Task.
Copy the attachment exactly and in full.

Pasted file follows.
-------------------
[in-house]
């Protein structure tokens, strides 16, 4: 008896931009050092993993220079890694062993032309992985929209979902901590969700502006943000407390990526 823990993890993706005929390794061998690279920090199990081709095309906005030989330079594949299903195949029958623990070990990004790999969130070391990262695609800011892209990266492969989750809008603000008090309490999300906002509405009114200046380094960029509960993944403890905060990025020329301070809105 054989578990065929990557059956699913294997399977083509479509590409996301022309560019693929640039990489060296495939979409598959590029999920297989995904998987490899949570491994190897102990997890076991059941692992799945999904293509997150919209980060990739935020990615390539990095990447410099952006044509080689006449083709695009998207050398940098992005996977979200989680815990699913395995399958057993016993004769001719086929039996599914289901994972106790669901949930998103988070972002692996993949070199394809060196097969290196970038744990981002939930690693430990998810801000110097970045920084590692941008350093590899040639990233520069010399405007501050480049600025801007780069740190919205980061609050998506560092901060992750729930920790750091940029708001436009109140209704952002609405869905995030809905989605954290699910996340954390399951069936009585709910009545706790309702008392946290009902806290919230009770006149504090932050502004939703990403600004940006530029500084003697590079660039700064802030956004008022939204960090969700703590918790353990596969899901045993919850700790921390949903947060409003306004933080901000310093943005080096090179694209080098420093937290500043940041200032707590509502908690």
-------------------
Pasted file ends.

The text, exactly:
[in-house]
């Protein structure tokens, strides 16, 4: 008896931009050092993993220079890694062993032309992985929209979902901590969700502006943000407390990526 823990993890993706005929390794061998690279920090199990081709095309906005030989330079594949299903195949029958623990070990990004790999969130070391990262695609800011892209990266492969989750809008603000008090309490999300906002509405009114200046380094960029509960993944403890905060990025020329301070809105 054989578990065929990557059956699913294997399977083509479509590409996301022309560019693929640039990489060296495939979409598959590029999920297989995904998987490899949570491994190897102990997890076991059941692992799945999904293509997150919209980060990739935020990615390539990095990447410099952006044509080689006449083709695009998207050398940098992005996977979200989680815990699913395995399958057993016993004769001719086929039996599914289901994972106790669901949930998103988070972002692996993949070199394809060196097969290196970038744990981002939930690693430990998810801000110097970045920084590692941008350093590899040639990233520069010399405007501050480049600025801007780069740190919205980061609050998506560092901060992750729930920790750091940029708001436009109140209704952002609405869905995030809905989605954290699910996340954390399951069936009585709910009545706790309702008392946290009902806290919230009770006149504090932050502004939703990403600004940006530029500084003697590079660039700064802030956004008022939204960090969700703590918790353990596969899901045993919850700790921390949903947060409003306004933080901000310093943005080096090179694209080098420093937290500043940041200032707590509502908690």